Background for yet another story.
As a general rule, interstellar travel was originally only possible through gravity points – locations where, with the proper technology, a starship could transit instantly from one star system to another. (Not unlike the Starfire universe.) Only a handful of races managed the lucky combination of being born in a star system with a gravity point and managing to master the technology. Those that did rapidly expanded down chains of gravity points, establishing long gangly political units that often overwhelmed races that failed to develop gravity point technology,
Everything changed roughly 4000 years prior to humanity’s first contact, when the Tokomak – an alien race originally heralding thousands of light years from Earth – developed the gravimetric FTL drive. The drive worked by creating a series of mini-transits that, outside a star’s gravity well, allowed a limited form of FTL travel. Although very slow at first (original versions of the drive took weeks to cross a single light year) rapid improvements gave the aliens a chance to escape the tyranny of the gravity point network. In addition, where prior use of the gravity point network identified the network to an intelligence spacefaring race native to the newly-discovered star system, the drive was easy to protect from capture and duplication. The result was largely inevitable. Within 1000 years of the drive’s development, the Tokomak had colonised or conquered a sizable empire.
The Tokomak tended to divide races into tiers, depending on their development at the time of conquest. Tier One (gravity-point capable) were generally treated reasonably well, although incorporated into the united empire. Tier Two (spacefaring, but not interstellar) were generally used as techs or servitors. Tier Three (non-spacefaring) were used as slaves, when they were used at all. It wasn’t uncommon for the Tokomak to occupy their world and displace the locals, when they were interested in taking their planet for themselves.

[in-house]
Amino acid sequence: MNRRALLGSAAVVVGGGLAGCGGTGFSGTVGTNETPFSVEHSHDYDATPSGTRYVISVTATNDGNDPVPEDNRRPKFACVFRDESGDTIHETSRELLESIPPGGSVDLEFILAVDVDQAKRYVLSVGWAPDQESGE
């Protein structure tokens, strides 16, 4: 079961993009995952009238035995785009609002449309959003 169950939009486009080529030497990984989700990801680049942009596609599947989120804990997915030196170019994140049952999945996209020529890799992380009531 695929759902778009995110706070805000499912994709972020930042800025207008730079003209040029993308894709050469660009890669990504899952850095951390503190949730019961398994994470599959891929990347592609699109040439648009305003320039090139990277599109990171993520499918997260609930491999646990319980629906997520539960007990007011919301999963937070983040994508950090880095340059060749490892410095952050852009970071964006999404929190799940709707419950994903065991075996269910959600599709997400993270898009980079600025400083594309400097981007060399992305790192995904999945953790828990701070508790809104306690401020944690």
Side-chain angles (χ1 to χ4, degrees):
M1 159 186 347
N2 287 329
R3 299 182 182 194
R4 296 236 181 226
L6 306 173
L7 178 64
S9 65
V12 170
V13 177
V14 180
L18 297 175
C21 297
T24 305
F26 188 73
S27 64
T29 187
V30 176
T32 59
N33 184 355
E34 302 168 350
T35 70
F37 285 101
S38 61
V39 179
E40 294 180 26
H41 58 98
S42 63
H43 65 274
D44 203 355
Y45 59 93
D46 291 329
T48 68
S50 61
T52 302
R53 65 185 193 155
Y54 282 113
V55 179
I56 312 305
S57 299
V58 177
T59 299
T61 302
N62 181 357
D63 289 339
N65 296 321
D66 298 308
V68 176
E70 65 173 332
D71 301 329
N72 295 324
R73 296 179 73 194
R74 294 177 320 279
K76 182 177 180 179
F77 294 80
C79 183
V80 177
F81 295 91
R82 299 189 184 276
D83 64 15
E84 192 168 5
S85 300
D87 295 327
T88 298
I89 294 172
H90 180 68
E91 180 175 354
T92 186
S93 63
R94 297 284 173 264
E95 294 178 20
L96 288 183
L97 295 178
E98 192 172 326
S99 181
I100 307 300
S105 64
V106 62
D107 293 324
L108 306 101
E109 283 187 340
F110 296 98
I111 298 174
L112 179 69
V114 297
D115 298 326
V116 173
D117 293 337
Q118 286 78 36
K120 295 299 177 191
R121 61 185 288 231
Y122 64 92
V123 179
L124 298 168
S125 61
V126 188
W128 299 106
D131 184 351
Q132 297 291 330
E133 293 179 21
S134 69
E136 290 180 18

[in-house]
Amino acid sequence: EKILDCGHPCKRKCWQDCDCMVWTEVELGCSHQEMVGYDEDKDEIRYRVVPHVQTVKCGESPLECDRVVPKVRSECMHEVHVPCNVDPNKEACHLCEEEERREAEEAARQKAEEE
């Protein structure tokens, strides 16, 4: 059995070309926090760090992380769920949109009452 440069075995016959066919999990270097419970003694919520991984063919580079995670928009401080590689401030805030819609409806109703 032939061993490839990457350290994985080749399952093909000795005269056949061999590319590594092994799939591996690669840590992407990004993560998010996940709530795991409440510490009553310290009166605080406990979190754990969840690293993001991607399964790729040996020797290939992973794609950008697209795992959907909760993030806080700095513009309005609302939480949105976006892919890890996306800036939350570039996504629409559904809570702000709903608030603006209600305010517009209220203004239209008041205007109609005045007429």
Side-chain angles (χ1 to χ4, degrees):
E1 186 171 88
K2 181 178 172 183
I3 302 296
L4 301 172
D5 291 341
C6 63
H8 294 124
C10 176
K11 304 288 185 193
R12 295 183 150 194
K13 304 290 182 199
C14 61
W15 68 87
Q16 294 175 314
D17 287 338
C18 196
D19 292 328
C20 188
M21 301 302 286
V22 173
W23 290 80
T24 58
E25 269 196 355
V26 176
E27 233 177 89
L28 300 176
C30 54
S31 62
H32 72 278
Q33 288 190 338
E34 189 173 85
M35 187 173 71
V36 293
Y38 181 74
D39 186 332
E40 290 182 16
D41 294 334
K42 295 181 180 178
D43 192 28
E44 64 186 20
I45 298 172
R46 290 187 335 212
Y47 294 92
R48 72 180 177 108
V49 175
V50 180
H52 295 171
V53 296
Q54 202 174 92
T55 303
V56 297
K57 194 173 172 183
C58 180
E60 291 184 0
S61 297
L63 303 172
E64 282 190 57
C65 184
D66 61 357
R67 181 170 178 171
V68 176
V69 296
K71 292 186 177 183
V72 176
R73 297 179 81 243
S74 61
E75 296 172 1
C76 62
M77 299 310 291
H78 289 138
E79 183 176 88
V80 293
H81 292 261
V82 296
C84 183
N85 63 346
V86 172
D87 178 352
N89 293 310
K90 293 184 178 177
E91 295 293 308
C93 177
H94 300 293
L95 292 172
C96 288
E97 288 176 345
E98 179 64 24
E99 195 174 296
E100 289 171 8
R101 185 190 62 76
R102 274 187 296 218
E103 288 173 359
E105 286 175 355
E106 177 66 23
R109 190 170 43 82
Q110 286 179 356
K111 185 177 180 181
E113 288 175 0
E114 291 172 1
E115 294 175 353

Although the gravity drive ensured they no longer needed to rely on gravity points, the economics of interstellar travel continued to dictate that stars with gravity points (particularly multiple points) remained economically important. Indeed, though interstellar charts showed vast regions of space belonging to the Tokomak, it would be more practical to say they ruled the gravity points and star systems surrounding them, but vast reaches of space, particularly on the edge of their empire, remained largely unexplored, let alone integrated into the empire. One such star system gave birth to Earth.
Humans called the Tokomak Government a Government of Old Men. That is reasonably accurate; their society places great stock on older people (who are clearly blessed by the gods) and anyone over the age of 50 can expect to be part of the decision-making system. (Among other things, promotion is by time in grade, rather than merit or patronage.)
Non-Tokomak are not allowed to hold any kind of governmental office in the empire. It isn’t uncommon, however, for alien families to build up influence behind the scenes.
Earth was discovered by the Tokomak in 1200AD. As Sol lacked any gravity points, the Tokomak were largely uninterested in the human race and (after making a few cursory scans and abducting a number of humans for dissection) abandoned the system. However, several other races – particularly primitive races who had bought or stolen starships from the Tokomak – were interested. One of them abducted large numbers of humans during the 15th century and used them as soldiers on various border worlds. They proved remarkably successful, which eventually attracted the interests of other aliens, who dispatched capture missions of their own.